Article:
Boss N° 6 (Hugo Boss)

Fancy package, working class contents.

It seems fitting that Ryan Reynolds is the recent face of Hugo Boss' sixth masculine release. The actor is a middle class success story, a man who made his way to the top without the help of wealthy parents and trust funds. Likewise, Boss N°6, also known as Boss Bottled, is a modest fragrance that has become a sleeper classic, something of an olfactory signature for the late nineties, and arguably the first in a short but prestigious line of sweet, semi-gourmand fougères of that time period.

But is it a fougère, really? It contains two simple accords, the first being spiced apple, and the second a vanillic woody amber. Bear the lineage in mind; Cool Water's main accord is crisp lavender and crab apple, followed by tobacco-tinged woody amber and musk. Ten years later, Boss N°6 arrives with an even bigger apple note, this time very red and edible, followed by a saccharine bouquet of muted florals and synthetic woods, punctuated by hints of cinnamon and vanilla. Perhaps one could say it's an oriental, but good ferns have a way of hiding lavender and coumarin in plain sight. In Moustache, the lime and green notes disguise the lavender, with an oakmoss note serving as a bittering agent for the hefty slug of hay-like coumarin that follows.

In N°6, the lavender is mated to spiced apple, preventing it from smelling feminine, while the coumarinic effect of a true fern is evident in the drydown's powdery aura of almost-edible warmth. I think N°6 was the inspiration for Chanel's original Allure Homme, which came a year later. However, I don't find Annick Menardo's fragrance to be as compelling as Jacques Polge's. Allure presents a fascinatingly complex structure as a suave blend, with few notes outright discernible, yet all somehow very detectable. Fragrantica has recently lost credibility with me in the note pyramid department, as much of their pyramids have suddenly changed to exclude notes that are present in various compositions, and include notes that have nothing to do with them at all. Allure is a victim of this development, as its Fragrantica pyramid now lists silly things like coconut and peach (neither note exists in Chanel's scent).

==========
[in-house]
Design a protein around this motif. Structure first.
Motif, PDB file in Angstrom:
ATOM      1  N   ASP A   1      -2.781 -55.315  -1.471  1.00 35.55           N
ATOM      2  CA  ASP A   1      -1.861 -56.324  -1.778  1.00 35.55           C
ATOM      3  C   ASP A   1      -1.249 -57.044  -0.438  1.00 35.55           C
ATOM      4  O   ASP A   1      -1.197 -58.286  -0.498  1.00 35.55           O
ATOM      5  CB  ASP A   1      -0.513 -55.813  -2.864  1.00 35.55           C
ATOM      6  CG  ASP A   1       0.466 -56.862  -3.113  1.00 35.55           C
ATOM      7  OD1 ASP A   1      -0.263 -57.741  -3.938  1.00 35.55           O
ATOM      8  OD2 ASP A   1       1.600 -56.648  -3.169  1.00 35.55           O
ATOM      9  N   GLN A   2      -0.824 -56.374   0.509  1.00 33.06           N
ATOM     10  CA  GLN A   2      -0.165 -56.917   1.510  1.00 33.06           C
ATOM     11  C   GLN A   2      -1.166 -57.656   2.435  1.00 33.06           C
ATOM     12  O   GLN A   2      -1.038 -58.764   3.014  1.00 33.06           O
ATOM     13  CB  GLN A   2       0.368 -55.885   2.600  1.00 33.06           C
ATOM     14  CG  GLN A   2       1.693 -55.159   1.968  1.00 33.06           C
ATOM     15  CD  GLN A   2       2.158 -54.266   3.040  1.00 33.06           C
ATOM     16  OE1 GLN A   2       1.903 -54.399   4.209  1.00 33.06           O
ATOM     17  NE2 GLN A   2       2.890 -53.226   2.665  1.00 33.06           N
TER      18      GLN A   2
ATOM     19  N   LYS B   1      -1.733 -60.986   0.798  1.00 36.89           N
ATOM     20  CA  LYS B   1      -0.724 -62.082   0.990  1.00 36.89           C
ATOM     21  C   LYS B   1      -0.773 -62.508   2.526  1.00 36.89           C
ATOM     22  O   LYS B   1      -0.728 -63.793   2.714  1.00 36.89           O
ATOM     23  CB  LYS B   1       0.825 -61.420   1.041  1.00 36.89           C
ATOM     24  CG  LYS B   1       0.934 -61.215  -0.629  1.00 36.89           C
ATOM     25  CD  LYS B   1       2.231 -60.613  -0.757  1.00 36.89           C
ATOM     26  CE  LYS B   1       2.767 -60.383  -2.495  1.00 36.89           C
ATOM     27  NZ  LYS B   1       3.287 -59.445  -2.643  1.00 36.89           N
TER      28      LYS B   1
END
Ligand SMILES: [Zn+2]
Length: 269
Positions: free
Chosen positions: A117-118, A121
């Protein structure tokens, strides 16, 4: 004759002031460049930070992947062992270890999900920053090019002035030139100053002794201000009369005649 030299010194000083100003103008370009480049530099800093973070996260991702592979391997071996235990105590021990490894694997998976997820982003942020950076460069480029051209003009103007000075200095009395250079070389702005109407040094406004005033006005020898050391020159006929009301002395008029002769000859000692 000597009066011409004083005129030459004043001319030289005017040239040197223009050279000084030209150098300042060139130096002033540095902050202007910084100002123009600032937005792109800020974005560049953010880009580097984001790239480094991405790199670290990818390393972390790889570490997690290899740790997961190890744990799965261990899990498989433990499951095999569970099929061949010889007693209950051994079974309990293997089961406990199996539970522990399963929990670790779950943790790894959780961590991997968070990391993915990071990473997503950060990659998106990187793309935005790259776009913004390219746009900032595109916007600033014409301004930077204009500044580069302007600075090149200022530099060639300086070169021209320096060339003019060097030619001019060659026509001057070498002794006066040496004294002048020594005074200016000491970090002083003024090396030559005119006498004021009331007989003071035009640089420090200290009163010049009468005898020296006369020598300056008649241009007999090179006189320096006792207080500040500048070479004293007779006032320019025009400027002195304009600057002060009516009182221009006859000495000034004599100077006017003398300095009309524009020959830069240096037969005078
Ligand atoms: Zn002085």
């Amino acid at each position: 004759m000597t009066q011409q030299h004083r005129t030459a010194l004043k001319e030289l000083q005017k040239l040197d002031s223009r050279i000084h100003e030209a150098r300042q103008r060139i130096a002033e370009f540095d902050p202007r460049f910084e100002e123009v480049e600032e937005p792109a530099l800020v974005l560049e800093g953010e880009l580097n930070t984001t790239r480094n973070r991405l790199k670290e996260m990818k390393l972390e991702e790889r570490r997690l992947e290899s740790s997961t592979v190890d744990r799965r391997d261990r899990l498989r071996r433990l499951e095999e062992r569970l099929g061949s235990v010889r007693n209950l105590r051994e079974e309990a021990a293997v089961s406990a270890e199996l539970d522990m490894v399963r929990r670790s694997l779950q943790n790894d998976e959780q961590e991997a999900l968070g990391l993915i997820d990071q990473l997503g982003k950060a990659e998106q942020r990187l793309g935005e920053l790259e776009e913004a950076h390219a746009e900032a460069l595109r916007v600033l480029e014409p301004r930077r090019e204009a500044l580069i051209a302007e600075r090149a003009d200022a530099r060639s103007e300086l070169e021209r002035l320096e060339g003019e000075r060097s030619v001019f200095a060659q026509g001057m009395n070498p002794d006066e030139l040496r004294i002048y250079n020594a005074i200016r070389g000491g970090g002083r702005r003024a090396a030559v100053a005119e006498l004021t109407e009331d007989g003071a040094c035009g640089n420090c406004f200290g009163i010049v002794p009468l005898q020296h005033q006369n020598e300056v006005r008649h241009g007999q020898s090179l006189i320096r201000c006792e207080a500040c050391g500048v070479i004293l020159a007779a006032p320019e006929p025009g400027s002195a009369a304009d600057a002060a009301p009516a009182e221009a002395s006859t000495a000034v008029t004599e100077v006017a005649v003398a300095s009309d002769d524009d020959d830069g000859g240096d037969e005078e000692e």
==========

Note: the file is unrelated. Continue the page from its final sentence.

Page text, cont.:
However, once upon a time, Allure's pyramid accurately included rosewood, which is conspicuously absent from Boss N°6. Also missing is Allure's stunning synthetic labdanum, and the deep sandalwood impression I get about five hours into wearing it. Boss is all about soft, smooth notes, with a creamy take on woody amber, which is why I consider it a "warm" scent. It also plays a bit safe and bland. The word "innocuous" comes to mind. Many guys refer to apple pie in their reviews of N°6, and while I don't get that impression from it, I can certainly understand it, given the combination of gourmandish cinnamon and herbalized red apple.

If you're looking for a more convincing apple pie effect, I recommend trying Aubusson Pour Homme, or Witness by Jacques Bogart. With Boss N°6, you're better off expecting a very soft, sweet, cushy teddy bear of a fragrance, the sort of thing harmless American males used to wear, back when Bill Clinton was the President and Britney Spears still topped the charts.

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